American Libraries


James Montgomery Flagg (June 18, 1877 – May 27, 1960) 

American artist and illustrator. He worked in media ranging from fine art painting to cartooning, but is best remembered for his political posters.

He created his most famous work in 1917, a poster to encourage recruitment in the United States Army during World War I. It showed Uncle Sam pointing at the viewer (inspired by a British recruitment poster showing Lord Kitchener in a similar pose) with the caption “I Want YOU for U.S. Army”. Over four million copies of the poster were printed during World War I, and it was revived for World War II. Flagg used his own face for that of Uncle Sam (adding age and the white goatee), he said later, simply to avoid the trouble of arranging for a model. President Franklin Delano Roosevelt praised his resourcefulness for using his own face as the model. (Wikipedia)

From our stacks: 1.-3. Illustrations from The Thirteenth Commandment. A Novel by Rupert Hughes. With Illustrations by James Montgomery Flagg. New York and London: Harper & Brothers, 1916.  4.-8. Illustrations from Mr. Bingle by George Barr McCutcheon. With Illustrations by James Montgomery Flagg. New York: Dodd, Mead and Company, 1915.

The next few years are going to be tough on education, and as many have said, we need to support our teachers.


Libraries provide many valuable educational opportunities for kids and adults alike, and with the impetus of the responsibility of education shifting from public schools to the public itself, they are perhaps more vital and more important than they have ever been in our nation’s history. Make sure they have the resources they need to keep fighting for our children and their futures.

Librarians may not be able to change Google or Facebook, but we can educate our patrons and support the development of the critical-thinking skills they need to navigate an often-biased online world. We can empower our patrons when we help them critically evaluate information and teach them about bias in search engines, social media, and publishing. Libraries that have created research guides for Black Lives Matter and other social justice topics are helping to curate information and points-of-view that might not be traditionally published.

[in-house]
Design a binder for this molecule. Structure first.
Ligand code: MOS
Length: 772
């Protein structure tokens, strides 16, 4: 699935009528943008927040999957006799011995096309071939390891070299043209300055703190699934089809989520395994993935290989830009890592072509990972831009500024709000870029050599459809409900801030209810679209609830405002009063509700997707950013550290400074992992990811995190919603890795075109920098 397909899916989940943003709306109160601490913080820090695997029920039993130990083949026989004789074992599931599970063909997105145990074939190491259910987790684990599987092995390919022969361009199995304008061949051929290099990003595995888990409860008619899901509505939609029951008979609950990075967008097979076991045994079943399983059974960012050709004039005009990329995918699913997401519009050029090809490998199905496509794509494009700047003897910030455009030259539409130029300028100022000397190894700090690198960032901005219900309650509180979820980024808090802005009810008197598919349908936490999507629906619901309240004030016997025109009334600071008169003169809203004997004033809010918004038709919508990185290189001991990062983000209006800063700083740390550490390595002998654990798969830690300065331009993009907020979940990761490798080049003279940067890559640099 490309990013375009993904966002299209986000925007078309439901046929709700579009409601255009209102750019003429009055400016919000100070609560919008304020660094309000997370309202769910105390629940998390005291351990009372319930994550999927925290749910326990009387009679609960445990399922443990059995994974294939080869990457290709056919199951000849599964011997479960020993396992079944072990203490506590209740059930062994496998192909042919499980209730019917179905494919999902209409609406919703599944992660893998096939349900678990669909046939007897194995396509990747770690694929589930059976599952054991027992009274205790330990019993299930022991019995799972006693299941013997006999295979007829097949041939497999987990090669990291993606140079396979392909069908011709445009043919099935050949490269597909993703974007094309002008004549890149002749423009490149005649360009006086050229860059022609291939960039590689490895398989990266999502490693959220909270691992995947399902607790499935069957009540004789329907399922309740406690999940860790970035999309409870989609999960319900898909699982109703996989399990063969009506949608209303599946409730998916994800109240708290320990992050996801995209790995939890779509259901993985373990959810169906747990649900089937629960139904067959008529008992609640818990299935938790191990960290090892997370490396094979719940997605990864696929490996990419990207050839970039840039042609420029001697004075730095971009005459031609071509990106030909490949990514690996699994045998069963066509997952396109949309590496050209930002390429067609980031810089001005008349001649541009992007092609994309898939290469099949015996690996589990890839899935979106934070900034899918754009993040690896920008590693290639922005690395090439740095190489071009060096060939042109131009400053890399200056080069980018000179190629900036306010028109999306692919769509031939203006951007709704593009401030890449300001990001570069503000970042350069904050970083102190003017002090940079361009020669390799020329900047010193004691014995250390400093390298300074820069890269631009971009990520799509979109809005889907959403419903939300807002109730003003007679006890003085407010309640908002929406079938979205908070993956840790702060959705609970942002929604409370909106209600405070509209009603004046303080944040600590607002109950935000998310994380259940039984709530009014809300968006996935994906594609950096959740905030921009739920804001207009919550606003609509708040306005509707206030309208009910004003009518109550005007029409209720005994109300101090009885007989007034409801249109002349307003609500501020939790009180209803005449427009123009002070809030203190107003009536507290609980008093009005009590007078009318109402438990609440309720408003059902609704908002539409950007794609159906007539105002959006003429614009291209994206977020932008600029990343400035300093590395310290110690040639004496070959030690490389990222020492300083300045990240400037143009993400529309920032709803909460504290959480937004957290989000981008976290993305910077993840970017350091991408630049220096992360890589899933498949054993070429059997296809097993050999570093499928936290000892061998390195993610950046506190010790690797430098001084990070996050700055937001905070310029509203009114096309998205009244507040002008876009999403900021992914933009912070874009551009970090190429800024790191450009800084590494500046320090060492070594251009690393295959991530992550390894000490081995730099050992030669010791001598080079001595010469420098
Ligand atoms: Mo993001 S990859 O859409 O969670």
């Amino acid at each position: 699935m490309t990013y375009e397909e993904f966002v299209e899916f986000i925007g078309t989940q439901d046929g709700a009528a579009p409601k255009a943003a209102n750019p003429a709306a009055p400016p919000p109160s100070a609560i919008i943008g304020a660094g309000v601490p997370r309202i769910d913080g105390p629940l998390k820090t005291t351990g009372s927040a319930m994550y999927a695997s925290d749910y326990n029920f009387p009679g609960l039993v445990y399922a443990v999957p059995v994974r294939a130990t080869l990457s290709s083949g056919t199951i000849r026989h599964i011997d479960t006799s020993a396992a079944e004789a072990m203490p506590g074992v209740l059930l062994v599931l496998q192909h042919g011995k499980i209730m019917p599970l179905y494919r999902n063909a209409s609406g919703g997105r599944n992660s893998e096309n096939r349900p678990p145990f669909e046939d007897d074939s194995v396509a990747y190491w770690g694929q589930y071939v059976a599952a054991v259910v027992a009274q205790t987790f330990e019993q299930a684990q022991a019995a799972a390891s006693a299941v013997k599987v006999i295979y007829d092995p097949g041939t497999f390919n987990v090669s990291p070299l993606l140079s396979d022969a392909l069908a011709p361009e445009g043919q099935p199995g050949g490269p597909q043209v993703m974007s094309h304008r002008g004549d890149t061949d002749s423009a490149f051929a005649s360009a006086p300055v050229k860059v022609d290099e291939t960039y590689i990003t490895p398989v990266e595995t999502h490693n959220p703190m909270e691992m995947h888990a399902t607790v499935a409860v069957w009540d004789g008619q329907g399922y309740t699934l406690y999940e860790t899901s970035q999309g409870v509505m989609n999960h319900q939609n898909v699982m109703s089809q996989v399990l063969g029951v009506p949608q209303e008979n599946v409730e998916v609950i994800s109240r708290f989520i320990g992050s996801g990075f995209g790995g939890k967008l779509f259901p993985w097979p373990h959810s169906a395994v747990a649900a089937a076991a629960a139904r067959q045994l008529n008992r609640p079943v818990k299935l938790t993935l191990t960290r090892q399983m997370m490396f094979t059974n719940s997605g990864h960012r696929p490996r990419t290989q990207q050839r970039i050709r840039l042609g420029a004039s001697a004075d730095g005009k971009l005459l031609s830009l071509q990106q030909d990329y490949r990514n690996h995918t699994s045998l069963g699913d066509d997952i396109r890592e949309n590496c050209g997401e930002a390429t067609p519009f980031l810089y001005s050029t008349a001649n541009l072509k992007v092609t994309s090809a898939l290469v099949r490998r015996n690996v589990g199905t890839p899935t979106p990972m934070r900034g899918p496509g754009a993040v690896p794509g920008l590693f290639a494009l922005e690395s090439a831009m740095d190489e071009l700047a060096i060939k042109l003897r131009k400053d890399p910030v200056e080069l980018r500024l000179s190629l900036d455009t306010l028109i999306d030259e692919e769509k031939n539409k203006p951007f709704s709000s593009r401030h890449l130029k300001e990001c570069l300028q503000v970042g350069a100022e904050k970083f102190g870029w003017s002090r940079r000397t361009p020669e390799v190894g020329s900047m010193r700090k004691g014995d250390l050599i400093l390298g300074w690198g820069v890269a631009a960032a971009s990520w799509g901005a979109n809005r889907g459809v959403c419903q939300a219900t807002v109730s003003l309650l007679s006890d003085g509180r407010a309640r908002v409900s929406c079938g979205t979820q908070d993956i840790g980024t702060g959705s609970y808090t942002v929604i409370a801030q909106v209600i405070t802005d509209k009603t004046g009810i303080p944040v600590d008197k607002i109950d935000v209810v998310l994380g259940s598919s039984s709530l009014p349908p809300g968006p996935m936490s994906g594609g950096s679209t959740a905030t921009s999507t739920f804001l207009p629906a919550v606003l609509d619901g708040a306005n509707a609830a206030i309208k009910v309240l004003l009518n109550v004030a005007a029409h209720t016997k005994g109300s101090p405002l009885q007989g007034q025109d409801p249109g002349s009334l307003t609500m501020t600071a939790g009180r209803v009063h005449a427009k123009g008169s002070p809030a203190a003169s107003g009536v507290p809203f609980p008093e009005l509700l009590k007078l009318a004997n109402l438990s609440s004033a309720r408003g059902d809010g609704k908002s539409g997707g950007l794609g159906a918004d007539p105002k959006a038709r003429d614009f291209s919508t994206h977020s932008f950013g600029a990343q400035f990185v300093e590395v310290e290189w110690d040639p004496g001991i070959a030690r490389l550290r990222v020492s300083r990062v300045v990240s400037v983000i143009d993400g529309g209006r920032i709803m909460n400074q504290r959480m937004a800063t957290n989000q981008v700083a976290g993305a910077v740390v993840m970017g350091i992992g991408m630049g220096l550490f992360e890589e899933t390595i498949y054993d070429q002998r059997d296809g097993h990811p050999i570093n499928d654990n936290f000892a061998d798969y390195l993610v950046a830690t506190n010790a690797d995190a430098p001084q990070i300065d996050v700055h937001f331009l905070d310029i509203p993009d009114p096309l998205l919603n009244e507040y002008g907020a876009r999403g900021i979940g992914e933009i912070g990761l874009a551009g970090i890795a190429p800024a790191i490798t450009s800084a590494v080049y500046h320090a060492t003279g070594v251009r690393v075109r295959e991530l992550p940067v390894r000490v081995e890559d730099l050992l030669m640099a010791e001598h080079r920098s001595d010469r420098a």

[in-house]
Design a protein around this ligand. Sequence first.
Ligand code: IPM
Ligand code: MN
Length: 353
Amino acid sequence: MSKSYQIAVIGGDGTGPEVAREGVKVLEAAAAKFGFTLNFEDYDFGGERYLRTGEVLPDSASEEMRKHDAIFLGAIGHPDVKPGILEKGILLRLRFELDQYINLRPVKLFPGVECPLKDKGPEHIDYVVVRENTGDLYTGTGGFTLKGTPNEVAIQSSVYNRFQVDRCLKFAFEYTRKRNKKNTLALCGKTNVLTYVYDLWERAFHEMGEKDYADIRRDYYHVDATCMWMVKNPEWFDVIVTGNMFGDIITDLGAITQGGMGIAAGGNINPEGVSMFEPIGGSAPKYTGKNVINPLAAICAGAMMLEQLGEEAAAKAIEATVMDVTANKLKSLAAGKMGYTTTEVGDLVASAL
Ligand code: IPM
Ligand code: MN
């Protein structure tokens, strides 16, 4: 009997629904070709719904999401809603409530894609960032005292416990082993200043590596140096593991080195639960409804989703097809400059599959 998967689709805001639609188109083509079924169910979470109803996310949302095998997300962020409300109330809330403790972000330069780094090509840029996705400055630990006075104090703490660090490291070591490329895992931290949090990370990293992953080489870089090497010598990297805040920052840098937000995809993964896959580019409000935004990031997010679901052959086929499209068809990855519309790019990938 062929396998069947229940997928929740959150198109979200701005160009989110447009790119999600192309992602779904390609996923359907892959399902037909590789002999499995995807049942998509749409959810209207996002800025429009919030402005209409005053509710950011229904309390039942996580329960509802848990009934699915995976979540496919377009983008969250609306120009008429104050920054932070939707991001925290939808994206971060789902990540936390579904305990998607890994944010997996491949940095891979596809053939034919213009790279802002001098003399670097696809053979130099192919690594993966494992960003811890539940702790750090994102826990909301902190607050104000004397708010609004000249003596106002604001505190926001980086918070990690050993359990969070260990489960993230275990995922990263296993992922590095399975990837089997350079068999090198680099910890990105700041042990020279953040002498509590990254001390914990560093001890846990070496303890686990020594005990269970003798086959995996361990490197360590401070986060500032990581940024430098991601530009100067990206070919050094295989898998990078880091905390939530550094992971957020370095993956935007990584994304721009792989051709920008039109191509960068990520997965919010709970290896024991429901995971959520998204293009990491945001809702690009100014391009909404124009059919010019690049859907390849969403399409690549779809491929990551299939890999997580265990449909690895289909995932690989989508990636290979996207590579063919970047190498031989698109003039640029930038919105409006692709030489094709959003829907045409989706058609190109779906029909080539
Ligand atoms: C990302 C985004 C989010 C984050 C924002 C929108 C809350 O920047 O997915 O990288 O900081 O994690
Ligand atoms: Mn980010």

We are not doing our job if we remain neutral when it comes to library technologies. Accepting many of the technologies available to support our missions means accepting technologies that are biased, not accessible, not protective of the privacy of our users, and not easily usable by some of our patrons. A commitment to social justice is a commitment to equal access, which is at the heart of our professional values. We are not being neutral when we advocate for our patrons, but we are being good librarians.
—  Meredith Farkas, “Never Neutral” (American Libraries, Jan/Feb. 2017)

Maya Angelou (April 4, 1928 – May 28, 2014) 

American poet, memoirist, and civil rights activist. (Wikipedia)

From our stacks: Dust jacket front and back from Just Give Me a Cool Drink of Water ‘fore I Diiie. The Poetry of Maya Angelou. New York: Random House, 1971.


One of 20th Century America’s greatest literary voices, James Baldwin and his work are garnering renewed interest, thanks in part to the Oscar®-nominated documentary, I Am Not Your Negro, which should be opening at a cinema near you soon (if it hasn’t already). The trailer is below a companion volume for the film is now available fom Vintage Books, home to much of the author’s backlist, including Go Tell It on the Mountain, Tell Me How Long the Train’s Been Gone, and The Fire Next Time. Baldwin’s literary work has also been issued by the prestigious Library of America in three essential volumes.

Happy Birthday Marian Anderson! (February 27, 1897 – April 8, 1993)

View of contralto Marian Anderson. Printed on front: “Delar, N.Y.” Handwritten on front: “Marian Anderson.” Stamped on back: “Marian Anderson.”

  • Courtesy of the E. Azalia Hackley Collection of African Americans in the Performing Arts, Detroit Public Library

Friday plans include a cold beverage? Meet the beer fridge of 1899.

It’s from a catalog of by L. H. Mace & Co. of New York, now in our @smithsonianlibraries. Early refrigerators used insulation (with an inch between two sets of walls) and circulation to move cool air from the ice chamber throughout the space.

Inside this refrigerator, there were places for kegs to rest and shelves in the lower part of the refrigerator could be removed, making it possible to chill two more kegs.

Portrait of soprano Veronica Tyler. Printed on front: “James J. Kriegsmann, N.Y.” Stamped on back: “Veronica Tyler, soprano.”

  • Courtesy of the E. Azalia Hackley Collection of African Americans in the Performing Arts, Detroit Public Library

Are you going to C2E2 this weekend? Wanna find some cool new queer comics?

Visit me at the pop-up library in Booth 853, right in front of The Block at 2pm on Saturday!  I’ll be talking up some of my favorite LGBTQ comics and giving personalized recommendations to help you find the bestest, coolest, and queerest choices for you!  Think of me like your personal comics concierge.   See you there!
Librarians Across America Are Using Their Powers For Political Good
Whether it’s community organizing or battling untruth, they do far more than just shelve books.

Libraries are often community centers offering support to underrepresented communities, social services, classes, internet access and more. 

How does your library use their superpowers?